Cosmological redshift causes wavelengths of a distant object to stretch by a factor $1/(1-Hr/c)$ where H is the Hubble constant, r is distance, and c is the speed of light. Consequently the received power density drops by $1-Hr/c$ from that factor alone. Combined with the inverse square law, this would suggest the apparent brightness dropping as $(1-Hr/c)/r^2$.
However, the Cosmic Microwave Background (CMB) has maintained its characteristic black body radiation density with just a drop in temperature by a factor of (1-Hr/c). Since black-body radiation goes as the fourth power of temperature, it suggests that the apparent brightness of a stellar black-body including the expansion of the universe should go as $(1-Hr/c)^4/r^2$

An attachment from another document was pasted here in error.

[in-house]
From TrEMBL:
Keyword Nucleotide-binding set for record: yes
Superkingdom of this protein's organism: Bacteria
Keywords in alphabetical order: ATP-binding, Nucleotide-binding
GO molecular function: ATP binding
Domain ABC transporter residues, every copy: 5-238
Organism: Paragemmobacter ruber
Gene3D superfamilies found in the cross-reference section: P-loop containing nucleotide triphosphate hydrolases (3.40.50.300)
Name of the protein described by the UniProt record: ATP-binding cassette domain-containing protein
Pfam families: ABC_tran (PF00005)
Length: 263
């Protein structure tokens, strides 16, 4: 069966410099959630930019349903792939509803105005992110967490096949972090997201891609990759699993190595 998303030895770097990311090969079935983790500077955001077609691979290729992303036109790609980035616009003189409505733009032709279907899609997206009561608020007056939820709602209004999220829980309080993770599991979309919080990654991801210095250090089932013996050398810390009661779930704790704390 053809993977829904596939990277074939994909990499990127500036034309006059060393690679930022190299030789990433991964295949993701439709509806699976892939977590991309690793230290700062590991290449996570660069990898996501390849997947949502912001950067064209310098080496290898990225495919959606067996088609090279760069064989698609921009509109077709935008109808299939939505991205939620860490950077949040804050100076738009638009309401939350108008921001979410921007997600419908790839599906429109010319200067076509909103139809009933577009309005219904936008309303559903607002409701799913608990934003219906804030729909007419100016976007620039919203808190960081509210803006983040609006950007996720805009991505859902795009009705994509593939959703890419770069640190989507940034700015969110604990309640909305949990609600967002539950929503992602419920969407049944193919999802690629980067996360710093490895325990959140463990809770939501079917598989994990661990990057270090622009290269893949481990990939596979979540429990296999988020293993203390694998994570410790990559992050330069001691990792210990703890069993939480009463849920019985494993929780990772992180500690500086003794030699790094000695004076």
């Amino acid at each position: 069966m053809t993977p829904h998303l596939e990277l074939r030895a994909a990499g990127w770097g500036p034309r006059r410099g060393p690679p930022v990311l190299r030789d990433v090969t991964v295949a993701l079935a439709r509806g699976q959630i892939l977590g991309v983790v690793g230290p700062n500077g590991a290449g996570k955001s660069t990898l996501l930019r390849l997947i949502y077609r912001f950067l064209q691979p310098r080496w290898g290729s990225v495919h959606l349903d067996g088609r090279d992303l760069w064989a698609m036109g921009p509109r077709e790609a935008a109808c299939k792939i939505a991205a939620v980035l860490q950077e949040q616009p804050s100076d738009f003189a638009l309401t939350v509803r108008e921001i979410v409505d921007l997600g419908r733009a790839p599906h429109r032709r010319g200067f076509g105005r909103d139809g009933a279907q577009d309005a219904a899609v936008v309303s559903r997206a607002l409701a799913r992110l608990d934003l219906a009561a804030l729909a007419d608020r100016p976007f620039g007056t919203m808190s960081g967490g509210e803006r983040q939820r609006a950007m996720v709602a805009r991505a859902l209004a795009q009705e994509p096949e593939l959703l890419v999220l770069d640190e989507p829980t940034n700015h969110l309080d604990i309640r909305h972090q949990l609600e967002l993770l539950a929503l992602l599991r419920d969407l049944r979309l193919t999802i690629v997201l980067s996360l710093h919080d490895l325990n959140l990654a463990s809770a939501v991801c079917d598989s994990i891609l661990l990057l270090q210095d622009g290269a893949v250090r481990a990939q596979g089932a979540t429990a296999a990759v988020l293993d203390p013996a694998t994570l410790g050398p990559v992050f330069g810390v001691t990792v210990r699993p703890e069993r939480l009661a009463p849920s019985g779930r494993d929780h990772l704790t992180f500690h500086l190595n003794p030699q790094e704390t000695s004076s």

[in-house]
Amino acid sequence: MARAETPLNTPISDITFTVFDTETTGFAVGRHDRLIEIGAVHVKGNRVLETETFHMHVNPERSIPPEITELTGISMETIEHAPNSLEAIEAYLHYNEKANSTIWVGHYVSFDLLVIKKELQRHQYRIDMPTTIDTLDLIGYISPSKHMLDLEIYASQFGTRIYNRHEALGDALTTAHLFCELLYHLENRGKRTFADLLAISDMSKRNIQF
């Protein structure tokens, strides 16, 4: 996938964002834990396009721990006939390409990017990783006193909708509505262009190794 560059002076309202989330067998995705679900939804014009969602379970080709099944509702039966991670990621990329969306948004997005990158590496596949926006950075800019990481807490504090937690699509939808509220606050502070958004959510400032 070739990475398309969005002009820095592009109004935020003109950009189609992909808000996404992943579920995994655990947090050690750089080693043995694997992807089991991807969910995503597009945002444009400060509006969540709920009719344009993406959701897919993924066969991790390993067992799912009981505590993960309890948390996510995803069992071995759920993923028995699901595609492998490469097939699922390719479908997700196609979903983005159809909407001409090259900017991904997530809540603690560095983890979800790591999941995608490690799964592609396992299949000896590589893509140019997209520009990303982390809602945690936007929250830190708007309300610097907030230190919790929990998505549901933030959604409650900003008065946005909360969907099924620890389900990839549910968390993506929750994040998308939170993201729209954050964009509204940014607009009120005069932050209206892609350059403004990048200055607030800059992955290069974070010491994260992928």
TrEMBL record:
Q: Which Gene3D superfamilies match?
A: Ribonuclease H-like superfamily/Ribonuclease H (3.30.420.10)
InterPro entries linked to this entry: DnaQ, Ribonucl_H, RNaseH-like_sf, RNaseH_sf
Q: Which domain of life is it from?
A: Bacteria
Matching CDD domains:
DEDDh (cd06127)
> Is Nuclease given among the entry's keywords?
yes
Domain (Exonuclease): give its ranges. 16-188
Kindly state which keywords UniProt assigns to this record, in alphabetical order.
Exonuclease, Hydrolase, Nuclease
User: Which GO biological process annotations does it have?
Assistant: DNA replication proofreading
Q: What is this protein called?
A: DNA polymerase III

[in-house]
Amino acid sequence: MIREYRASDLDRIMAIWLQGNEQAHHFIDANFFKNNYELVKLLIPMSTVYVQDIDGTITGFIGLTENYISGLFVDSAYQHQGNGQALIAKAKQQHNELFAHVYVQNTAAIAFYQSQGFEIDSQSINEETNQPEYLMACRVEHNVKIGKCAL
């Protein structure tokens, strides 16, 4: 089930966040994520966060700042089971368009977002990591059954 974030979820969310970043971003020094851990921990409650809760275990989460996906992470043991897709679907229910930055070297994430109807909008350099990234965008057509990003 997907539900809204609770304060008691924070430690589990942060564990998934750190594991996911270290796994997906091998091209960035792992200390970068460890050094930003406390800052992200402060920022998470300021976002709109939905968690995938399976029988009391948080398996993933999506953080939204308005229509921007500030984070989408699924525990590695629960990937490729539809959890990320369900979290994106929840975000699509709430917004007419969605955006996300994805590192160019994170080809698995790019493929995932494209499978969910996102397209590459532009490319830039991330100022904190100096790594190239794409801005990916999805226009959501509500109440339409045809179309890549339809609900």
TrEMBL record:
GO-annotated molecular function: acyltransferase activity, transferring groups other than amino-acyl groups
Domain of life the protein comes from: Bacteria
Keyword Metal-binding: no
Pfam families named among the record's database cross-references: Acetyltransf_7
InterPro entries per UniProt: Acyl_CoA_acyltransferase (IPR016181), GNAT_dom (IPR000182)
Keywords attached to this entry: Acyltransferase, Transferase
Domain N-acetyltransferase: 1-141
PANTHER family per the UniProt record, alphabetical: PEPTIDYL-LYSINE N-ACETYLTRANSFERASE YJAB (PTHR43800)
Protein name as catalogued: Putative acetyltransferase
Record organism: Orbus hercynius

So the question boils down to this: Does a distant red-shifted stellar object look like a slightly cooler black body consistent with its actual diameter, or does it appear brighter than that?
[Edit] Just to capture @benrg's answer which I marked correct: A red-shifted black body looks cooler by a factor $(1-Hr/c)$ and it's apparent brightness is less by a factor $(1-Hr/c)^4$ consistent with its temperature. This is true whether the redshift is due to simple velocity or cosmological expansion.